[00:51:49] Joe: where you get with me,

[00:51:50] Joe: we meet daily, we talk about where your goals are at.

[00:51:53] Joe: We work on your physical fitness goals. We also work on your mindset goals. We work on vision, creating a vision for your [00:52:00] future, , and work on any lighting, go any limitations in your mind that may be holding you back from that future and work health in in all all forms and fashions. The

[00:52:10] Joe: first part of my program is about pain.

[00:52:13] Joe: So we actually do things that are kind of painful, uh, but they release dopamine, they actually help you. So at times it could be taking a cold shower at another time. It could be putting yourself out there and meeting new people. That can be painful, right? Putting yourself out there. So we face that pain head on.

[00:52:29] Joe: Therefore we can become the best version of ourselves. Cuz once we face it head on, we realize, man, that thing I've been running from really wasn't that bad. And, and now I, I just

[00:52:38] Joe: broke the

[00:52:39] Joe: limitations that I thought I had and now the things that I truly want to be, the thing that's in my own conscience to be seems more attainable.

[00:52:48] Joe: Whereas before

[00:52:48] Joe: it seems so far away. So we really try to break through those limitations to give people a chance to become their own unique purpose, right? To become their own unique self. We want to [00:53:00] support that in every way

[00:53:01] Joe: possible. Giving them the discipline, giving them the motivation and the vision to, to do that.

[00:53:06] Joe: , and so that's basically what my is. It's to help people on that

[00:53:09] Joe: path.

[00:53:10] Jay: beautiful, man. Beautiful. Gary, you have any questions you want to, uh, wrap up

[00:53:15] Gary: It might be kind of turning to a long question, but since you know Fitness Dad is in harmonica and everything, how did you change once you became a dad,

[00:53:25] Gary: your mission

[00:53:25] Gary: change?

[00:53:27] Gary: In in any way, or did it just energize you more or how did things change?

[00:53:32] Joe: No, I love that. It, it did energize me more because I, I realized kids and, and adults as well, we learned from, from looking at people, right? Like,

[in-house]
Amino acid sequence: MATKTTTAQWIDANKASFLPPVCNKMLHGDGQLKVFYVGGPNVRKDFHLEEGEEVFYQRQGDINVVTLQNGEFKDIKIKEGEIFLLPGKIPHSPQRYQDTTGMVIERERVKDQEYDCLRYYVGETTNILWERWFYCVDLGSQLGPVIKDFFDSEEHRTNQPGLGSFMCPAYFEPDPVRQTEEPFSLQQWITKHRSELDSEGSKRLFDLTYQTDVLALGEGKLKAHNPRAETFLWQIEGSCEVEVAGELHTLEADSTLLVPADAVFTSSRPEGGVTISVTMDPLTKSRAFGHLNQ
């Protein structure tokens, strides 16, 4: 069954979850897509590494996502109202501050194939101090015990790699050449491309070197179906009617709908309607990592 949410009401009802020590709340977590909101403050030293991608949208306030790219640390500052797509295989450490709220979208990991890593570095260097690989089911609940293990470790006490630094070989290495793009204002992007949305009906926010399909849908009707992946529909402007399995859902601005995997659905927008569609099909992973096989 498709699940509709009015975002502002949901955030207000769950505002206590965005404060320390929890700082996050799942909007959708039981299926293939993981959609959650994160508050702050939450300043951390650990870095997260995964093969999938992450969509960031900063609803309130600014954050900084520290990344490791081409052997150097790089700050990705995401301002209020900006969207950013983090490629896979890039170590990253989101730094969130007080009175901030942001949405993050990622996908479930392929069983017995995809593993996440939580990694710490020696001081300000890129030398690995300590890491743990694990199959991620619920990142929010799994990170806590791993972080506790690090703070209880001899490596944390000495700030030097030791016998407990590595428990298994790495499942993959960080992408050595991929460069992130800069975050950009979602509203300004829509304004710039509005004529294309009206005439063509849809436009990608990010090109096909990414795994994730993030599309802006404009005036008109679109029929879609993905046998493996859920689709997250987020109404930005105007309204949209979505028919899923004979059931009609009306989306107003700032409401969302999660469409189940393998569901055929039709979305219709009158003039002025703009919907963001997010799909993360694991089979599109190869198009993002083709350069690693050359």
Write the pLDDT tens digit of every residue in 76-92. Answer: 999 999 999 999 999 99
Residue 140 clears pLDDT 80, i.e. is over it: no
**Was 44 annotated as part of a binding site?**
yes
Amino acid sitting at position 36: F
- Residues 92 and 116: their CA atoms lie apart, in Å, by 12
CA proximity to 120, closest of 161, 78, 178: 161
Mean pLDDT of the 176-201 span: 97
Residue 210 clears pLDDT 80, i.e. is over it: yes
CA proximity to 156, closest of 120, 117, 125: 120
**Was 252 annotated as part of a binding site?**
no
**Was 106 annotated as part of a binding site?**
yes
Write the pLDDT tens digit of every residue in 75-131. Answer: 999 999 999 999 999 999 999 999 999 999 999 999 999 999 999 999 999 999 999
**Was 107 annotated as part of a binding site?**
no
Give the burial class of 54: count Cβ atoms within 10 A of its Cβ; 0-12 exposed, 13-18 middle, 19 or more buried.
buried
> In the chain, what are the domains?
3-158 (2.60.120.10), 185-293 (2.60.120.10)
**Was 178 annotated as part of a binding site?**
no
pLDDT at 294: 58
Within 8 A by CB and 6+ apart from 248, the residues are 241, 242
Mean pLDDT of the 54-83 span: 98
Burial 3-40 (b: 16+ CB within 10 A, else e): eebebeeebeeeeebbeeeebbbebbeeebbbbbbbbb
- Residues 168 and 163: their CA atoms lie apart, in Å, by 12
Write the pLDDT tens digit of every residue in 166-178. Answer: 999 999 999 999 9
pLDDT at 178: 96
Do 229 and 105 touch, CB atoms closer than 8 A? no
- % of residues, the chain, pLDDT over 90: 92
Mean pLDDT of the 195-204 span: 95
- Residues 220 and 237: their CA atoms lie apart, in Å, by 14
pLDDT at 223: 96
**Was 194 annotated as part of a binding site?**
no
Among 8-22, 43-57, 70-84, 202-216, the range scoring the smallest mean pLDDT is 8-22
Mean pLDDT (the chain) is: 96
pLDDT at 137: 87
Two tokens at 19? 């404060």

[00:53:42] Joe: uh, the idea that,

[00:53:43] Joe: one of the topics I was talking about Y yesterday was we, in this world of so much knowledge, like we can look up so many things on the internet, we have endless amounts of knowledge in this world where knowledge is, is so accessible, we need more example.

[00:53:57] Joe: We need more people living their true [00:54:00] self and un unapologetically unafraid to, you know, like you were saying, , to High five Jay, you know, to High five somebody in the store. We need more people to be that because we learn by seeing those types of people. And if my son looks at me and sees, Hey, my dad followed his passion, my dad followed

[00:54:18] Joe: his heart, he lived the purpose that

[00:54:20] Joe: he felt in his own heart was true, and he was unafraid about that, that's gonna give him motivation to do the same thing.

[00:54:26] Joe: So I, I definitely live that as a, , hopefully to be an example in a positive way for him. , so that has definitely energized me. It's energized me in the health and the mental, uh, and emotional state as well to just be the best version of myself so he can hopefully watch those habits, watch those disciplines, and take those on he is older as well. So, great question,

[00:54:48] Joe: Gary.

[00:54:49] Gary: Awesome

[00:54:50] Jay: I love that. Be a lighthouse. I say it all the time. Damn near every show. Uh, you gotta be a lighthouse. Give everybody a. You don't have to draw a whole bunch of lines to get [00:55:00] there. Just stand in place, do your thing, and people will fucking follow you. They'll find where you are and they'll to erect their own

[00:55:07] Jay: lighthouse.

[00:55:07] Joe: Exactly.

[00:55:08] Joe: Exactly.